Our topic yesterday was Passover. The range of knowledge among Year 7 students is immense. One was able to tell the entire story, with every detail, others had never heard of Moses. At the end of the lesson, we asked the question why such remembering was important to the identity of people. One student said he thought that remembering was even more important after the way Jewish people had been treated in the Twentieth Century.
The inevitable question came, a boy in the front row who always offers thoughtful and reflective answers, “Sir, why did people hate the Jews?” It was too late in the lesson to give a considered answer. It recalled an identical question in a classroom in Dublin exactly ten years ago.
“Mr Poulton, why did people hate the Jews?”
We had been looking at the history of the Bible and the question arose as we thought about the heritage of the Hebrew Scriptures.
The normally noisy class sat attentive.
“Anti-Semitism goes back a long time, back to the First Century. Christians and Jews fell out. By medieval times Jews were seen by some Christians as the people who killed Jesus”.
“But they didn’t – the Romans did; they crucified him”, someone called out.
“You’re right, but the Church said the Jews were responsible. And there were other reasons. Christians could not charge interest on money they lent, so people did not want to lend money. So when Venice started to grow in medieval times and businessmen wanted to borrow money, Jews were allowed to come to live in the city to act as bankers. They lived in part of the city where the iron foundry had been, it was called the word for ‘casting’: ghetto. Because some Jews were bankers and made money, people resented them. People began to think that Jews were rich, although there were rich Jews and poor Jews just as there were rich Christians and poor Christians. So there was the stuff about killing Jesus and the stuff about making money”.
“But didn’t people dislike them because they though they were the chosen people?” a girl asked.
“I’m sure they did. But don’t Christians think the same stuff about themselves? Don’t we think we are God’s people?”
“You said Jesus was Jewish; if Jesus was Jewish, why aren’t we Jewish?”
“Because the Christians wanted to include people who were not Jewish and the traditional Jewish people did not like this and started having prayers in the synagogue that the Christians could not say without cursing themselves; so there was a split about 85 AD and we went different ways. Maybe a lot of hatred came from the simple fact that the Jews were different; if you lived in times past, the only people different from you were the Jews”.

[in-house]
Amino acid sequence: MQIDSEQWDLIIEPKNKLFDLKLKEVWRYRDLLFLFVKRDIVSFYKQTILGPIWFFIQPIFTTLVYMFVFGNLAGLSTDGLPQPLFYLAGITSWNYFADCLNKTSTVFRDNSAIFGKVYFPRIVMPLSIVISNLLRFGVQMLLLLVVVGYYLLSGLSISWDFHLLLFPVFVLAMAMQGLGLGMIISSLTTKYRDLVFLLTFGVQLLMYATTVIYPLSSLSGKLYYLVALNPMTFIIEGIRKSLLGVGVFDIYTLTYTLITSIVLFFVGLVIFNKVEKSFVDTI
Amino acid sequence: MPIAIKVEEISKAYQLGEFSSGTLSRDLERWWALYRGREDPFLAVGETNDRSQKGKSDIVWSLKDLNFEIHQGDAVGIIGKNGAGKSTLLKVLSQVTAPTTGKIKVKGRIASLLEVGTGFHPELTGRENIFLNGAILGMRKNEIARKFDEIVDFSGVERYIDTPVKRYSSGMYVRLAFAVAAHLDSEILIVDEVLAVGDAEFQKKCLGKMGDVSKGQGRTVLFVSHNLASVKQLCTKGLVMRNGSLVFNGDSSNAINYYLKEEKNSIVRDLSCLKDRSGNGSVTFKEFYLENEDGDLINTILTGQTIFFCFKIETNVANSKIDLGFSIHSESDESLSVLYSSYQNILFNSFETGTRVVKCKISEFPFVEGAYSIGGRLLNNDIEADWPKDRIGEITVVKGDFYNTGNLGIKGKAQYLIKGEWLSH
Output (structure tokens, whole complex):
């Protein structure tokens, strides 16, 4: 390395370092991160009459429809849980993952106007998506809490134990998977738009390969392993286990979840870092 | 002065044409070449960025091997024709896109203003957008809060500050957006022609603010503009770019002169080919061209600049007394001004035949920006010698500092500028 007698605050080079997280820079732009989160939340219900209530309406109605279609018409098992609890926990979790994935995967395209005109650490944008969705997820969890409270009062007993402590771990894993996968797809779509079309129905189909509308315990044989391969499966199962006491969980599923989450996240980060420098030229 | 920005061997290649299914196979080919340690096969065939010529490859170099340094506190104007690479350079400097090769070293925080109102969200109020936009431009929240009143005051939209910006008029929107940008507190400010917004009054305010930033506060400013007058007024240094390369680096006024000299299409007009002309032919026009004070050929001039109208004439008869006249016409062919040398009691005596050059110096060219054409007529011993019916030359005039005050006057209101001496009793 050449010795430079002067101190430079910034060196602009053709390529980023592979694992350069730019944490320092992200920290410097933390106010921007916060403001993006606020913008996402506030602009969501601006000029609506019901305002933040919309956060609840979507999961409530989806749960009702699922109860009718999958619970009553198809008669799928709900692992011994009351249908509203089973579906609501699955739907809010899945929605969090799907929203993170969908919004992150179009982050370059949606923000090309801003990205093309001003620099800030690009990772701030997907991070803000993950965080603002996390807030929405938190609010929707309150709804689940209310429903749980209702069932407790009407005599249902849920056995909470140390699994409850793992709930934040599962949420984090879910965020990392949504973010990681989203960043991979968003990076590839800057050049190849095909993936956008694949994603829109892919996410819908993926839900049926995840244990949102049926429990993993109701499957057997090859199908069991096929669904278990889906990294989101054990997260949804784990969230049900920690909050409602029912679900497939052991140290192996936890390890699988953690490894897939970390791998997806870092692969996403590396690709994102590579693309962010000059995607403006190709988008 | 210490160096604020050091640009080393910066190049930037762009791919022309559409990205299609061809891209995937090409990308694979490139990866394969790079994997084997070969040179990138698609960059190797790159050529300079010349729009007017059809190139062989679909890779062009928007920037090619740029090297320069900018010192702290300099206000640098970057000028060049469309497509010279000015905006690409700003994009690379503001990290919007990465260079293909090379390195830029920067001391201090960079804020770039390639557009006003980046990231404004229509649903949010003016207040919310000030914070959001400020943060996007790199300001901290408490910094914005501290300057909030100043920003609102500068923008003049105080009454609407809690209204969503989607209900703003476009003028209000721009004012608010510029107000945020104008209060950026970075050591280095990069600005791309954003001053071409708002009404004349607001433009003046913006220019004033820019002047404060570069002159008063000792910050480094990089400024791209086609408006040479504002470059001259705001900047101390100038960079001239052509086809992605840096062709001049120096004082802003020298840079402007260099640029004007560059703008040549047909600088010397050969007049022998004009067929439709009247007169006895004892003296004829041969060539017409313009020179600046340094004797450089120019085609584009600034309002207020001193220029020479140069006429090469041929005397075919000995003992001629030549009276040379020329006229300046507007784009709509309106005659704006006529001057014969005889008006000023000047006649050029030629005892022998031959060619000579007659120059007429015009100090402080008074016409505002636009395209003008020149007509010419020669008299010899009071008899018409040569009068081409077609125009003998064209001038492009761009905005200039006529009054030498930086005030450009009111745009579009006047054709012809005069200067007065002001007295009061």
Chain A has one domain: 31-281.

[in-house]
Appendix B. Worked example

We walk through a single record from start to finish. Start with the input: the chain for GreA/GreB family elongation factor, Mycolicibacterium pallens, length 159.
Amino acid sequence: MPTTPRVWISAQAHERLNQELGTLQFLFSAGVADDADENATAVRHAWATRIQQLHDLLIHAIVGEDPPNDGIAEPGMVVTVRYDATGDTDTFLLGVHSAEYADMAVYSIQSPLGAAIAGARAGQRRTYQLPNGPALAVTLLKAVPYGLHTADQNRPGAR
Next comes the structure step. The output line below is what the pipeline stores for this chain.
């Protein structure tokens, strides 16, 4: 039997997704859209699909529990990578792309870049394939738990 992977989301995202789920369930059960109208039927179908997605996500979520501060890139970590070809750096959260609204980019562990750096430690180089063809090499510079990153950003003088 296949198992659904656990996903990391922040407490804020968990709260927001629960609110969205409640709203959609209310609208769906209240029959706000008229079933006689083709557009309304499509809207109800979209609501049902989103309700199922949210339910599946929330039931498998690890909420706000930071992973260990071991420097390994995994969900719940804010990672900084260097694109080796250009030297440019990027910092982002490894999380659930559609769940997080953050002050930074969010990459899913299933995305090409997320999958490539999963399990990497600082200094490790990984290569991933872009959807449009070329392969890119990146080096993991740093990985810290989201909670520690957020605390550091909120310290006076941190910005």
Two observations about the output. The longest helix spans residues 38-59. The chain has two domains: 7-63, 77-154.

There was silence.
I had gone home that day and pondered the conversation. I had been worried about giving my own individual perspective on a part of history that is in a category of its own, it is so evil.
At home, I had looked up the Good Friday Collects from the 1662 Book of Common Prayer, the third of which reads:
O MERCIFUL God, who hast made all men, and hatest nothing that thou hast made, nor wouldest the death of a sinner, but rather that he should be converted and live; Have mercy upon all Jews, Turks, Infidels, and Hereticks, and take from them all ignorance, hardness of heart, and contempt of thy Word; and so fetch them home, blessed Lord, to thy flock, that they may be saved among the remnant of the true Israelites, and be made one fold under one shepherd, Jesus Christ our Lord, who liveth and reigneth with thee and the Holy Spirit, one God, world without end. Amen.
Incredible as it may seem, the Church of England still have this prayer on their website. Follow this link and you will come to a prayer that was wrong in the Seventeenth Century and that is nothing short of intolerable today. While it may be in the text of the written book, to publish it online is vile.
Anti-Semitism has not gone away.